Introduction to Radiation Therapy of the Head & Neck: http://www.youtube.com/edit?video_id=-dWm40P6elM&video_referrer=watch&ns=1
Welcome to the
Princess Margaret Cancer Centre.
This video is an introduction
to radiation therapy treatment
to the head and neck area.
We hope to give you a better idea
of what it will be like
to have radiation treatment
and explain some of the ways
we can work together to help you
get through your treatment successfully.
In the most general sense,
radiation is any sort of energy
such as light, heat, or sound.
Ionizing radiation is a type
of radiation that can damage cells,
such as ultraviolet light from the sun
that can damage your skin,
For radiation therapy treatment
we use a high-energy beam of radiation
that can penetrate through the body
and treat tissues under the skin.
Ionizing radiation affects all
of the tissues it passes through,
but there are 3 main ways that it
specifically targets cancer cells.
First, cancer cells are more sensitive
to radiation damage than healthy cells.
Secondly, cancer cells
are less able than healthy cells
to repair the radiation damage.
Third, we can focus the radiation beams
on the area we want to treat.
In the next part of the video,
we will show and describe
some of the procedures you will have done
to prepare for radiation treatment.
One of your first appointments
in this department is called CT simulation.
This is a type of CT scan that is needed
to create your personal treatment plan.
At this appointment,
you will also have a molded mask made
that fits over your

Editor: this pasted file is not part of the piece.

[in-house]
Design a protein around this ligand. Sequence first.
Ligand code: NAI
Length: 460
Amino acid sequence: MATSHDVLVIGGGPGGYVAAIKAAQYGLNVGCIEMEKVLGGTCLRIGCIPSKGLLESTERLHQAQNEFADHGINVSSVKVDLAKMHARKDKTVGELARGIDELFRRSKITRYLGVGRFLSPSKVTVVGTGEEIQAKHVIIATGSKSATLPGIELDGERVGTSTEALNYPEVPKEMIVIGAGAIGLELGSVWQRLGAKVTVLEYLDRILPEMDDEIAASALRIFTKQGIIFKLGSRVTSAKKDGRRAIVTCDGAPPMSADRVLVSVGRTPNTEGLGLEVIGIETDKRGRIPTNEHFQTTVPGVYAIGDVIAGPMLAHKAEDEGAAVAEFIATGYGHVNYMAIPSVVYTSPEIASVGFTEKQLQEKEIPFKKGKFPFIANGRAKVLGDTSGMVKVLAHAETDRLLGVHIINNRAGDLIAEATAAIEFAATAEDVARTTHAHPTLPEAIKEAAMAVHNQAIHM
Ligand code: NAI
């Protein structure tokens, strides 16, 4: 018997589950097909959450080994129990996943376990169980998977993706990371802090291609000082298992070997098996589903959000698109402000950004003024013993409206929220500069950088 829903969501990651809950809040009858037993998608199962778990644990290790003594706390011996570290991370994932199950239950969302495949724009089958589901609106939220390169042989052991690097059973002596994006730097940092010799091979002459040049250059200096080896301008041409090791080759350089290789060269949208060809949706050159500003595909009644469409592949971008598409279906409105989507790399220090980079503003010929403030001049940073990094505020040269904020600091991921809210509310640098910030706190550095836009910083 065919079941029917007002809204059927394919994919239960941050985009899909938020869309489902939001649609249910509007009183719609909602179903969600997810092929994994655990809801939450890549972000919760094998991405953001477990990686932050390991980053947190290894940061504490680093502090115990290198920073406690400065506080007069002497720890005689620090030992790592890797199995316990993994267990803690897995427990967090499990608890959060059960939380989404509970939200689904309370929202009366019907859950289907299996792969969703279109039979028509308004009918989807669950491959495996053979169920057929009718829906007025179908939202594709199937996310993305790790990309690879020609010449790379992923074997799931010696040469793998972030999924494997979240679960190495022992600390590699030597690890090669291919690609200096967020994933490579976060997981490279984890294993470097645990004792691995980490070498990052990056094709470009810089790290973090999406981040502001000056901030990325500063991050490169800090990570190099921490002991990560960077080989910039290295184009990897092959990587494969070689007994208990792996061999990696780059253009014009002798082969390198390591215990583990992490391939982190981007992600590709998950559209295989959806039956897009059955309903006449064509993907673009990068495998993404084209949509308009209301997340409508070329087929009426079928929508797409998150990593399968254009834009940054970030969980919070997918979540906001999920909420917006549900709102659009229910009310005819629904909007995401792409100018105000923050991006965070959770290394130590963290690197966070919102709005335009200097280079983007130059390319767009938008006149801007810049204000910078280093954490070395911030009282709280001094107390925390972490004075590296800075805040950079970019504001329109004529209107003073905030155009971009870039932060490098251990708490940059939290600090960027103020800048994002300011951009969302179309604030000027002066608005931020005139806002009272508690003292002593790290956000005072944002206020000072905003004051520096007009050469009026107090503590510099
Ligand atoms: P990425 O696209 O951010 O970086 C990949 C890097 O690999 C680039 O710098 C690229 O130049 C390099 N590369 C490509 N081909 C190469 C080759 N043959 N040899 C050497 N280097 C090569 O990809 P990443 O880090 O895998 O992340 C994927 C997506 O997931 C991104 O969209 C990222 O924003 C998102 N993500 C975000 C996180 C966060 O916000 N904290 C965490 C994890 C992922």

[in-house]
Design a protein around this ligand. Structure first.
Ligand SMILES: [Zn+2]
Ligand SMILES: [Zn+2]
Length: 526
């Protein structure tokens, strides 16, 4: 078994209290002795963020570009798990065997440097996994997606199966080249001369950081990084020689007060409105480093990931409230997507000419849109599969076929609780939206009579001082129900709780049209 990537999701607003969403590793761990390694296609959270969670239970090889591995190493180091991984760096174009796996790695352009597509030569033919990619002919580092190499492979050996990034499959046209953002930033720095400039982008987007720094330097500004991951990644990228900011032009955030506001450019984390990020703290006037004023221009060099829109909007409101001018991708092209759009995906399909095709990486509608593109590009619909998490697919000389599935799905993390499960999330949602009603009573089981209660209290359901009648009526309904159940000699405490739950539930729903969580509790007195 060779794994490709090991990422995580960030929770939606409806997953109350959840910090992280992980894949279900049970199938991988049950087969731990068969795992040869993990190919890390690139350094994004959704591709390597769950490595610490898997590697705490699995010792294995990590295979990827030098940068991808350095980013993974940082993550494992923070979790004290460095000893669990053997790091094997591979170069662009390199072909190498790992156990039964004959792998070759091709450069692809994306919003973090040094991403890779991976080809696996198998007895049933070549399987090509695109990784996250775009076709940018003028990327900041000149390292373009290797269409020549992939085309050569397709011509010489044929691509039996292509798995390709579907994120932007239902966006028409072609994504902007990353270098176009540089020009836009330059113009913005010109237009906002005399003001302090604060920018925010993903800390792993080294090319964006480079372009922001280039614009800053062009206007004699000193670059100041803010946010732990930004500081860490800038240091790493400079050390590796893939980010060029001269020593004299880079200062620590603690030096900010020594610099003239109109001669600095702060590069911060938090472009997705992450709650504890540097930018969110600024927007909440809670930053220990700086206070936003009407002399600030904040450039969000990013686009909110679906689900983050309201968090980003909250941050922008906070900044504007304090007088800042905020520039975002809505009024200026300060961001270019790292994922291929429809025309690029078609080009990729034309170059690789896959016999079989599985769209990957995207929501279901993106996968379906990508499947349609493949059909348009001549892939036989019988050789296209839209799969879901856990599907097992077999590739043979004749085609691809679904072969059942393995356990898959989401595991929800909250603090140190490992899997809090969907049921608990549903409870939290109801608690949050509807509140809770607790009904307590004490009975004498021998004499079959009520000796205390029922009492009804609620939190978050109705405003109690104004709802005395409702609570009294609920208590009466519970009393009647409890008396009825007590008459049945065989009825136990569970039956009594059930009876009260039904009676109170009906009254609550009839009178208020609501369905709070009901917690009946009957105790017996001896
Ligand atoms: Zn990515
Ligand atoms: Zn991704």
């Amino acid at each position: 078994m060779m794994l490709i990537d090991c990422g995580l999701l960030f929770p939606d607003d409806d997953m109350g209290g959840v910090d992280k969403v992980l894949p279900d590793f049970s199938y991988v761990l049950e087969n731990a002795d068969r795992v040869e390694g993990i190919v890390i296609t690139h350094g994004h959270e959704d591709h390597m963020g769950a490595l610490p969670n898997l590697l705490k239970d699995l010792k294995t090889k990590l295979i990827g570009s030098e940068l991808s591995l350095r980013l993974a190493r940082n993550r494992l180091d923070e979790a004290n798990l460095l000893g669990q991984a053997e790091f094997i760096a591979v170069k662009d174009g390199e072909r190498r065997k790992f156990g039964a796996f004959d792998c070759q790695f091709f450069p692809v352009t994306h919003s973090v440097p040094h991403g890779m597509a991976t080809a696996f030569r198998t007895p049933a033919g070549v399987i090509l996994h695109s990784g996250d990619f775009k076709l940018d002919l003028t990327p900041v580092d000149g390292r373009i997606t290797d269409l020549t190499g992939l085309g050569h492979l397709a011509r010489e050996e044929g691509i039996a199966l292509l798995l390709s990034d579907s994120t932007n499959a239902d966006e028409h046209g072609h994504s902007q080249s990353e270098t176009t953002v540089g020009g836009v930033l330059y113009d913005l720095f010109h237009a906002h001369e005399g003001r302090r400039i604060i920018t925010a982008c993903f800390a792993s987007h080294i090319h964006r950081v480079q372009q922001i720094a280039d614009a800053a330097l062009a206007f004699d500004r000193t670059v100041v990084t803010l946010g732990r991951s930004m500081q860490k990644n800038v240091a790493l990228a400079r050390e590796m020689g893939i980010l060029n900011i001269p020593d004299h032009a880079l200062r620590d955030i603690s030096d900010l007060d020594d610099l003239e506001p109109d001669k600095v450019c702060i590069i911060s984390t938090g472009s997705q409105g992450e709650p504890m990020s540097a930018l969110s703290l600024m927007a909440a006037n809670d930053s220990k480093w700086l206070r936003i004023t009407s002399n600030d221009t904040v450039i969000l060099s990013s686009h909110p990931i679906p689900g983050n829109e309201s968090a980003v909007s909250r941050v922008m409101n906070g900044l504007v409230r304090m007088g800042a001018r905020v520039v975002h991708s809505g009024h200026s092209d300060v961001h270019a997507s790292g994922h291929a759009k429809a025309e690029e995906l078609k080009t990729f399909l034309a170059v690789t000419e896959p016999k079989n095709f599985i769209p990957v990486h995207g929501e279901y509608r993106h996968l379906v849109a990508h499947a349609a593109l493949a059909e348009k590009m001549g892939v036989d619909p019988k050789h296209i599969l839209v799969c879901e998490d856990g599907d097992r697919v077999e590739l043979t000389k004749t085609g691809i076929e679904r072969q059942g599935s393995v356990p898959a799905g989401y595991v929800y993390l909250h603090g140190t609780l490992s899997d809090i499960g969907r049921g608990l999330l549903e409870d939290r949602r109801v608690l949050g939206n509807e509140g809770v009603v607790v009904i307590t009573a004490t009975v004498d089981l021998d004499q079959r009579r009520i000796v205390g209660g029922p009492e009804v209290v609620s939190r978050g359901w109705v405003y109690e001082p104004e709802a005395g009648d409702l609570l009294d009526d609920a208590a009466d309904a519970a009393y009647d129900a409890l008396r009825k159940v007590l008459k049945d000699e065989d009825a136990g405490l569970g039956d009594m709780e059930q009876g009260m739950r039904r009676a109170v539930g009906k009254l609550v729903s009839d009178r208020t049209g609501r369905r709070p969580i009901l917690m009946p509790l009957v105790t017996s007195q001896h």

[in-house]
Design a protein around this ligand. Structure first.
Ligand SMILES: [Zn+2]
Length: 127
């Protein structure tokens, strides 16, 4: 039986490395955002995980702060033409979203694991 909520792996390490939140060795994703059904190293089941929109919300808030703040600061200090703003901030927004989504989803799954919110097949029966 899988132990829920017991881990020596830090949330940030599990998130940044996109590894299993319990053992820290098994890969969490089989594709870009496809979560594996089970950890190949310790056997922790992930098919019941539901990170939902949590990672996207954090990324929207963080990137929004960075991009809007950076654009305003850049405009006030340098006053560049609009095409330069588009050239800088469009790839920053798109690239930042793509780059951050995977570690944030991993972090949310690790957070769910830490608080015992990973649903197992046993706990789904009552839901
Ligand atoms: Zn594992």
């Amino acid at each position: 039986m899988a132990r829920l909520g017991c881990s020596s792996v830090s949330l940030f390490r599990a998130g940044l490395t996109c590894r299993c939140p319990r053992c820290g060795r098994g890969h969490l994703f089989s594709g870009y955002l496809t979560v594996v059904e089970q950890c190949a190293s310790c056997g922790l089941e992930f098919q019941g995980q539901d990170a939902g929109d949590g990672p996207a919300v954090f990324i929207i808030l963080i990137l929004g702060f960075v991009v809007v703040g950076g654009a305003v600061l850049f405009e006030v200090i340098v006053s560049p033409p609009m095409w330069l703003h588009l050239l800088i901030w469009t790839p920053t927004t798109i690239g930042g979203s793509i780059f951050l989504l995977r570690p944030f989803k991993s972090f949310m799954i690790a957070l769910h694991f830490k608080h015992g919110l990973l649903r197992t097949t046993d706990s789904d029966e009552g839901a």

head and shoulders.
The mask will help make your treatments
as quick and accurate as possible.
It is normal to feel a bit anxious
about this procedure.
It may help to know
that the mask does not hurt you
and you will be able
to breathe normally the entire time.
The mask is a type of plastic that we soak
in a warm water bath to make it soft.
Then we shape it over
your face, neck and shoulders,
and clip it onto the treatment bed.
You can see here how
the mask looks when it is flat.
And then after it has been shaped
to fit your head and neck.
This is what it looks like
when the mask is made.
It goes over your face quickly
and we help shape it
around your nose, neck, and shoulders.
You'll have your eyes and mouth
closed for this step,
only because there is a bit of water
still on the mask.
The mask is meant to be snug
but should not hurt.
You will be able to breathe
through the holes in the mask.
For your treatment appointments,
there will be holes in the mask
in the area of your eyes, mouth and neck,
so it should be
a little bit more comfortable.
Once the mask is ready, we draw
some marks on it and take the CT scan.
At the very end,
we may talk to you about making
a permanent, freckle-sized
tattoo on your chest.
The marks on the mask and the tattoo
help make your treatment every day The information within this video is not intended to replace any advice provided to you by your health care team. For your safety, we ask that you do not act on the information within these videos without first discussing your treatment or healthy living plan with your qualified health care providers.
For more information about UHN Patient & Family Education, visit www.uhnpatienteducation.ca.